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    This Taco Shop Is Sharing Exactly Why Their Prices Have Increased Because Of The Pandemic, And I'm Asking You Very Nicely To Examine This List

    "I think it was just a breaking point for us. Customers look at you and they're like, 'Why are you charging these prices?'"

    By now, it's no secret that the pandemic has turned the restaurant industry upside down. Whether you're a restaurant owner, an employee, or a customer, you've likely had to deal with a slew of changes.

    Person placing a "come in, we're re-opening" sign in their storefront after being closed because of COVID
    Leopatrizi / Getty Images

    For many, one of those changes is price increases. There are several reasons for this — and earlier this week, a Los Angeles taco shop opened up on their Instagram, getting very candid about what customers need to know about the realities of running a small business during COVID.

    Vanessa and Alejandro Silva — the husband-and-wife team behind Metztli Taqueria (and working parents to three young children) — told BuzzFeed that their decision to open up about their prices came after customers repeatedly asked why their tacos, priced between $5 and $7 each, cost that much.

    Black and white portrait of the Metztli Taqueria owners wearing aprons.

    "I think it was just a breaking point [for us], you know?" Vanessa Silva told BuzzFeed. "We've had very sarcastic comments where people are like, 'are you guys cutting the cow in the back or something?' [Customers] look at you and they're like, 'oh, you're Hispanic, you're Latino, like, why are you charging these prices?'"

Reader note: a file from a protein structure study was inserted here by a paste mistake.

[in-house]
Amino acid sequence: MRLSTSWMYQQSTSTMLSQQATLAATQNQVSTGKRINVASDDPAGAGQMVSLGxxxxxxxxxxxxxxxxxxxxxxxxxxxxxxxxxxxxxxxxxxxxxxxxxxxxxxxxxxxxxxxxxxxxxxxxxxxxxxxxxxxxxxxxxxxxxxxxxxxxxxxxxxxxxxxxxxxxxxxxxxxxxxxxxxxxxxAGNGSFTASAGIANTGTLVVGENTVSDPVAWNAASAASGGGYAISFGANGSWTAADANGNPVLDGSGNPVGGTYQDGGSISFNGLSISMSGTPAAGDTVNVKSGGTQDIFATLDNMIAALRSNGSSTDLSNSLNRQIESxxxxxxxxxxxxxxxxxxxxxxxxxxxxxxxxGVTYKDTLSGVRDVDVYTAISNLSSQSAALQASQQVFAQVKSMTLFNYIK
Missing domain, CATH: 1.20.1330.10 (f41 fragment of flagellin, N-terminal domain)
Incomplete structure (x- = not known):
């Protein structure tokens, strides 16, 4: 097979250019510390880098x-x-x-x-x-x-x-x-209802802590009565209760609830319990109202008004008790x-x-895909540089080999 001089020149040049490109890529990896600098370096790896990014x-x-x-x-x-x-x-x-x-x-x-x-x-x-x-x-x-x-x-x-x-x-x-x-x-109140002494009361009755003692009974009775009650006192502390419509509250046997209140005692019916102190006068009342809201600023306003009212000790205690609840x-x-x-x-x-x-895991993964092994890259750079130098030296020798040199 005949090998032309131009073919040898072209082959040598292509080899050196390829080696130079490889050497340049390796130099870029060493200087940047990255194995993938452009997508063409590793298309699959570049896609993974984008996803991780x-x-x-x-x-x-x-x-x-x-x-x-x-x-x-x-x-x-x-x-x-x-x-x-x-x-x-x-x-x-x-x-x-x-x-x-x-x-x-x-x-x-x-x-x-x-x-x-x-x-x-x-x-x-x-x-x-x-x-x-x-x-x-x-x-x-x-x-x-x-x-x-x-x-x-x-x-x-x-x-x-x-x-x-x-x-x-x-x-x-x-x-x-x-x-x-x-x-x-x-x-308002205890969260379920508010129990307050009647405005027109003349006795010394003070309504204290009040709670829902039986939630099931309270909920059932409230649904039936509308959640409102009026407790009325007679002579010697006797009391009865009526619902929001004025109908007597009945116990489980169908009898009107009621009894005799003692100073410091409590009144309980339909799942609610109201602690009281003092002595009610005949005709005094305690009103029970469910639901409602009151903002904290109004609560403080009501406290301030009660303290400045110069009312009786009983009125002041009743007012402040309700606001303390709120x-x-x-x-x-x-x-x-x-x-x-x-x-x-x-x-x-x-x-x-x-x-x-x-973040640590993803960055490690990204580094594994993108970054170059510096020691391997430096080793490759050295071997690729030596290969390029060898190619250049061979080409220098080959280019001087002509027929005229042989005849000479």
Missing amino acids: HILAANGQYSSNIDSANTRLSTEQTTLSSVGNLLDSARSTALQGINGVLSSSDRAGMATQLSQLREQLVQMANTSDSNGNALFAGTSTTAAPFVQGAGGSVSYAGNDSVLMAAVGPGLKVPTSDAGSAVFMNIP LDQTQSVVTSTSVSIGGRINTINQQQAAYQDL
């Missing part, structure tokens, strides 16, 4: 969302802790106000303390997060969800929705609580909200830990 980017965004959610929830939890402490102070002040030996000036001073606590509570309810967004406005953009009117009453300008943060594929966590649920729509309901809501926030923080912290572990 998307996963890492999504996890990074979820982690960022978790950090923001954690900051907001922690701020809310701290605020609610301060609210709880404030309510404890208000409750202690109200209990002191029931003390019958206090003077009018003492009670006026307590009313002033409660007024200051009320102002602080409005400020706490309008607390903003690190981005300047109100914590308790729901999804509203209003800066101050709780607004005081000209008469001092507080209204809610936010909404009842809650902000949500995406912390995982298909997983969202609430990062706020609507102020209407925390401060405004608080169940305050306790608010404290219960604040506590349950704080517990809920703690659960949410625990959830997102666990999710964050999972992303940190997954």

The Silvas mention several things that can easily get overlooked when customers are assessing the price a food item "should" cost — and one of those things is quality. Vanessa and Alejandro say it best: "quality isn't cheap."

    Instagram: @metztlitaqueria

    As chefs and business owners, the Silvas know the importance of sharing high-quality, locally-sourced food with their community, and they "won't change the quality [they're] using just to make a profit."

    "We go to the markets to buy everything," Vanessa explained. "We want to be able to provide good quality food for not just us, but for everybody."

    Another vital element that customers often overlook? Time. As the Silvas recap in an Instagram Story, the customer is seeing the finished chicken taco on their plate, but they're not always considering the process that leads up to that. In this case: a 24-hour prep, 10 to 12 ingredients, and significant labor.

    Photo of taco with text: "Everybody thinks tacos are easy. No the fuck they're not. We specialize in braises. Braising takes fucking time. Pressing masa to order takes time. Depending on what protein it is, making it can range between 4–6 hours."

    As they sum up: You're not just paying for the taco.

    Photo of taco with text: "you're also paying for everything that it takes to make that taco. Cooking oil. frying oil, propane, gloves, utensils, ramekins, gas to get to the pop-up...are all broken down to the cent and added to the price of the taco."

    While restaurants nationwide deal with rapidly rising food costs and inflation, Vanessa and Alejandro also point out that for them, serving Mexican food *specifically* can come with its own set of difficult preconceived notions.

    Photo of taco with text: "hopefully we can change this but it's still true. People that don't know still associate Mexican food as being cheap. Thanks to places like Taco Bell, we get people all the time asking if that's really the price of 1 taco."

    "As chefs," said Vanessa, "we put so much pressure on ourselves that anything can beat us up. Regardless of what level of cooking you're at, certain words or even facial expressions [from customers] can bring you down."

    Photo of owners working in the kitchen with text: "thanks to everyone that's been supporting our mom and pop taqueria. This hasn't been the easiest for us. It's taking a toll mentally and physically. We have no employees. We do everything."

    As the Silvas put it: "People forget to just be kind." So, the next time you go out to eat, remember that restaurants are feeling the effects of this pandemic in major ways — including many of the small, family-run establishments out there like Metztli Taqueria. Tip well, be patient, and most importantly: be kind.

    Photo of owners working in kitchen with text: "will we be around next year? that's still in the air. We have opportunities here and elsewhere. As much as we love serving y'all, sometimes we gotta wonder if all this time is really worth it."